But unlike with politicians and other public office holders, Canadians can’t see what conflicts of interest the task force members have declared.
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The COVID-19 Vaccine Task Force is comprised of 12 experts from the medical research and development industry along with four ex-officio members of the federal public service.
Their stated job is to advise the government on COVID-19 vaccines.
But in order to have people considered “leading experts” in the field involved, the government says “the deliberate decision was made to include individuals who may have a real or perceived conflict of interest (COI) with respect to one or more proposals to be evaluated by the (COVID-19 Vaccine Task Force).”
Since the task force formally began its work in June, Global News has confirmed members have declared conflicts of interest and recused themselves 18 times from the talks taking place.
It’s not possible to know why the members recused themselves, because neither the overarching conflict of interest declarations submitted by the members nor the reasons for specific recusals are publicly listed.
Instead, the declarations of conflicts of interests and the recusal notifications are logged with the secretariat assigned to support the task force and with the department of innovation, science and economic development. Records of recusals, a spokesperson for Innovation Minister Navdeep Bains said, are also logged with the minister in writing.
Asked why the task force members’ conflict of interest declarations are not listed on the public registry run by the ethics commissioner, John Power, press secretary for Bains, said the structure of the task force is in keeping with others like it.
“As a volunteer external advisory body, members of the COVID-19 Vaccine Task Force do not submit their Conflict of Interest declarations to the registry,” he said in an email.
“This process is consistent with the practices of other volunteer external advisory bodies to government.”
The office of Ethics Commissioner Mario Dion confirmed he does not have the authority to oversee conflict of interest processes with volunteer advisory groups, as his powers are specifically related to overseeing conflict of interest rules for those designated as “public officeholders.” The ethics commissioner would only be able to log, review and publish their declarations if cabinet granted that designation to members of the task force.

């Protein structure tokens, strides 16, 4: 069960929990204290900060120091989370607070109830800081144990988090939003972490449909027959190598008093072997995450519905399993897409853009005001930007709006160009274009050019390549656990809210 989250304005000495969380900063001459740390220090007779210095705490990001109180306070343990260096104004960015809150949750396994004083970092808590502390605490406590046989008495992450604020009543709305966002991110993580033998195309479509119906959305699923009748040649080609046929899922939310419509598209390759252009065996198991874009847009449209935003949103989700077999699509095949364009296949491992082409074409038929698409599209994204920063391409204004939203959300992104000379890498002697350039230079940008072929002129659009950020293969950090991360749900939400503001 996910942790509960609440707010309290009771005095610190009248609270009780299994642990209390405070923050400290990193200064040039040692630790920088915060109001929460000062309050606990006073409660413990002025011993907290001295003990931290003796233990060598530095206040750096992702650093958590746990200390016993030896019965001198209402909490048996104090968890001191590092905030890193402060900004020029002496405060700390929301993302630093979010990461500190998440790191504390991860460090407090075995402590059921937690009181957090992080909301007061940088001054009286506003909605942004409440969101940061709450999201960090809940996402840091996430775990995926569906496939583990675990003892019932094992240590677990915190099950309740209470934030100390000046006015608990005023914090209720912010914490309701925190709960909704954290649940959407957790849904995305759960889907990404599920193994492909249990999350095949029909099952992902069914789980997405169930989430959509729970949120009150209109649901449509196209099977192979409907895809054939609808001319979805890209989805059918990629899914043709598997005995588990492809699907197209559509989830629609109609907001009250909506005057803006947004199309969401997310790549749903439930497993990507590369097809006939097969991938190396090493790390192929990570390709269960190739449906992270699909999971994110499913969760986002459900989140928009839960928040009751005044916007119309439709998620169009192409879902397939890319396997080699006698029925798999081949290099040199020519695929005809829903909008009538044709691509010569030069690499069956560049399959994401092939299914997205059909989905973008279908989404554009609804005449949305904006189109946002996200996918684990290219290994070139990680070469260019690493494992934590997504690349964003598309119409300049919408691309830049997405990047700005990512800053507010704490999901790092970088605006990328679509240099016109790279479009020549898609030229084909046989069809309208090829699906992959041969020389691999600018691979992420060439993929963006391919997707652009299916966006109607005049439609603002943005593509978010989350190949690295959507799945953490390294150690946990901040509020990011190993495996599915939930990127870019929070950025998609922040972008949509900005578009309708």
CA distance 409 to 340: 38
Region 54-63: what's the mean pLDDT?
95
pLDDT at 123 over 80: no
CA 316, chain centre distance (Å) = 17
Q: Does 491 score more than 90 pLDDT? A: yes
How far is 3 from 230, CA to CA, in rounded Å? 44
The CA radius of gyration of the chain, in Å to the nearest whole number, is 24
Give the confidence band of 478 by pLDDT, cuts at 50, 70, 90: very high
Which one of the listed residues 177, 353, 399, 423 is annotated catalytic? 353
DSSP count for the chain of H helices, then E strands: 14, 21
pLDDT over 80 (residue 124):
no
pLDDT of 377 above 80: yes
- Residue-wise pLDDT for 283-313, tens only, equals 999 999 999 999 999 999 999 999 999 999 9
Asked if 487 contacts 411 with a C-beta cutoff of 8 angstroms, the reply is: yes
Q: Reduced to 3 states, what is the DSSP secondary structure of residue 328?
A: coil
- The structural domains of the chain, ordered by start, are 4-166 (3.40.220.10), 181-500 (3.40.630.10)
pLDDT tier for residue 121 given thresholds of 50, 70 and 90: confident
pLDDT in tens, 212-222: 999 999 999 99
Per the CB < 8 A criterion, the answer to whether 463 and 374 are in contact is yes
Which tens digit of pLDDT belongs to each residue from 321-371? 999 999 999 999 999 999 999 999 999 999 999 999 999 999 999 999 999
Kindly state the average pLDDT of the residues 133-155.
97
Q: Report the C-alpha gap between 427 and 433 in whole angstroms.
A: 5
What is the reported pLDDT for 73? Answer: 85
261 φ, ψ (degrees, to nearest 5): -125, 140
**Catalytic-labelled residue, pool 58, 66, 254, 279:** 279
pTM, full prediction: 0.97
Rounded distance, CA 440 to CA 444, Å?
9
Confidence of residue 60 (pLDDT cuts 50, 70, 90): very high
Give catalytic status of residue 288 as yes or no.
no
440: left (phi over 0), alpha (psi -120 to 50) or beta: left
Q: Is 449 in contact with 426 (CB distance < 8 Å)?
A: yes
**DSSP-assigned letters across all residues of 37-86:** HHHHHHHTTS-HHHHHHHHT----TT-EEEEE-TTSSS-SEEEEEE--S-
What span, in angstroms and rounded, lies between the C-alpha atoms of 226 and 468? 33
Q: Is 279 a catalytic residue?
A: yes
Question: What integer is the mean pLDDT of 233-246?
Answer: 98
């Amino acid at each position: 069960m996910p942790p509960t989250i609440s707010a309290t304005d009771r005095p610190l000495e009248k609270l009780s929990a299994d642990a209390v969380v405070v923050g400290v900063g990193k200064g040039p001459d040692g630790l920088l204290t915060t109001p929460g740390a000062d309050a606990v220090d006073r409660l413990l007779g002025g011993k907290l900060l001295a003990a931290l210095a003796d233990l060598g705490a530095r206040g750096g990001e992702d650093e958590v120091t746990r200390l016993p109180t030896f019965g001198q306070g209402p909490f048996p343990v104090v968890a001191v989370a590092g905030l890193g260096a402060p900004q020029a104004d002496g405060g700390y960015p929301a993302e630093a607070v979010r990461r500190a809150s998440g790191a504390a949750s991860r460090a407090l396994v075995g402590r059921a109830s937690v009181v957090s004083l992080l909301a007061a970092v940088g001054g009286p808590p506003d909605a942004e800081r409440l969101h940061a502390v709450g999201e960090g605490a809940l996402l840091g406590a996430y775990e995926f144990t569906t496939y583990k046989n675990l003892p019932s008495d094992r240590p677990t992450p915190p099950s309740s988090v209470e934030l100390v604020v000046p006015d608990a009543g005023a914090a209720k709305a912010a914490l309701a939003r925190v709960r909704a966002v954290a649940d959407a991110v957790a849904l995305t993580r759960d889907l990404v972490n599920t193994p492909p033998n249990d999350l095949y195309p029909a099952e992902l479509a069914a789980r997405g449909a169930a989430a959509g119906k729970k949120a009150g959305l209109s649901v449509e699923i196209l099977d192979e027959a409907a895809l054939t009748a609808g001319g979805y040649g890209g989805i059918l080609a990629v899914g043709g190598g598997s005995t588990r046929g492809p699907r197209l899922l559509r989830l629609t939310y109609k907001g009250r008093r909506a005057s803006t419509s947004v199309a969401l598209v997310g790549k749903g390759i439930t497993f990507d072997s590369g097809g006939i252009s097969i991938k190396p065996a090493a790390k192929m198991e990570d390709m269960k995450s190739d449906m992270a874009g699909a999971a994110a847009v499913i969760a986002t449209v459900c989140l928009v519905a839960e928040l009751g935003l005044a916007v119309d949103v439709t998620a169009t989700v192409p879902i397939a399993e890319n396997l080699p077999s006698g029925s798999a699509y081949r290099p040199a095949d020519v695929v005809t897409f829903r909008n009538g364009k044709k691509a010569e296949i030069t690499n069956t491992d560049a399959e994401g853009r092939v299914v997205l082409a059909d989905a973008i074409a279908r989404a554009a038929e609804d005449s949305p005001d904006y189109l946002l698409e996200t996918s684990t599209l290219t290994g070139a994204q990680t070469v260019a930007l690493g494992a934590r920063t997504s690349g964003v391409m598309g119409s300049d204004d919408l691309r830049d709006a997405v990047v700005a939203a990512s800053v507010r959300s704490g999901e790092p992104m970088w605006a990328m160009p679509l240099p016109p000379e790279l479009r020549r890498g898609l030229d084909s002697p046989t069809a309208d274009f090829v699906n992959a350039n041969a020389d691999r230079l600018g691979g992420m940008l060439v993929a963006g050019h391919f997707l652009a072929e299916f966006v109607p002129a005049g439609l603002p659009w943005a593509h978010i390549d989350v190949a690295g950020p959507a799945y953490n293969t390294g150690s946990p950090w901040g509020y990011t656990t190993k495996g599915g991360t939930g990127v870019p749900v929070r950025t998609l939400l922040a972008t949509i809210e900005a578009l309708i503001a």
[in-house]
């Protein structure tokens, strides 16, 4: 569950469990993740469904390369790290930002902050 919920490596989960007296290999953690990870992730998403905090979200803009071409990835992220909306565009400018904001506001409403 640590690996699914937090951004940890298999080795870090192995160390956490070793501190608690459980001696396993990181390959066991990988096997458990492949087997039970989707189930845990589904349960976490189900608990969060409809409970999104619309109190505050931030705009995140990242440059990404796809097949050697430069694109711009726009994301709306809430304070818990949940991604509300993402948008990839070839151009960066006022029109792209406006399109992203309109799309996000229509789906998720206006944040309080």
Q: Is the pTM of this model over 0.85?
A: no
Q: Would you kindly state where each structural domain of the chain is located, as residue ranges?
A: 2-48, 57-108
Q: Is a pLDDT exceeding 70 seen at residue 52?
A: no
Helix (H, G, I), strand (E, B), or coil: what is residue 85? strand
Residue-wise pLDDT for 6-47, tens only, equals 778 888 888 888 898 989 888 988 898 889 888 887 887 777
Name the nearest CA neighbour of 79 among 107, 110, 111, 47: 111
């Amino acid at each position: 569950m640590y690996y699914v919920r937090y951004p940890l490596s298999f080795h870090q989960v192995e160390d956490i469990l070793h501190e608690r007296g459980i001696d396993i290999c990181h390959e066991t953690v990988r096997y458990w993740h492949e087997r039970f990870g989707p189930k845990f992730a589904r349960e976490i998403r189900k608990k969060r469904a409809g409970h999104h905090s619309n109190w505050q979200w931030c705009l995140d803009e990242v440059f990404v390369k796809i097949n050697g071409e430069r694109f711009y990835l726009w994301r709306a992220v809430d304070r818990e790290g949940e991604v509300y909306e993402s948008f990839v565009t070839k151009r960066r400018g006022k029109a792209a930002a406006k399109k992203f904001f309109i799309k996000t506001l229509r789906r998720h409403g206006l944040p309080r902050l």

A government official speaking on background said there are no plans to change the way the task force conflict of interest and recusal records are handled.
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Amir Attaran, a professor of public health at the University of Ottawa, argued that the norm in the medical research community is for conflict of interest disclosures to be made public.
He noted that major medical journals like The Lancet and the Canadian Medical Association Journal all require researchers publishing with them to also publish conflict of interest disclosure form at the same time, and said that industry standard should apply to the task force as well.
“When you have doctors or scientists or others making recommendations about what vaccines to buy, the fact that some of them have received money from the same companies is a problem and it has to be transparent,” he said.
Several of the members of the task force have previous employment or past disclosures of conflicts of interest related to work and funding received from major vaccine producers.
Dr. Joanne Langley, one of the co-chairs, has previously declared conflicts of interest in research publications around the grant funding received by her institution — Dalhousie University — from Novavax, Pfizer and Janssen. The latter is a subsidiary of Johnson & Johnson.
Novavax, Pfizer and Johnson & Johnson are three of the four firms with which the Canadian government has signed vaccine supply deals. The other is Moderna.
Such declarations are a normal part of the process of publishing medical research.
It is also common for medical researchers to receive grants and funding from a range of sources, including government agencies, educational institutes and pharmaceutical firms. None of that, when properly declared, represents any kind of inappropriate or unprofessional conduct.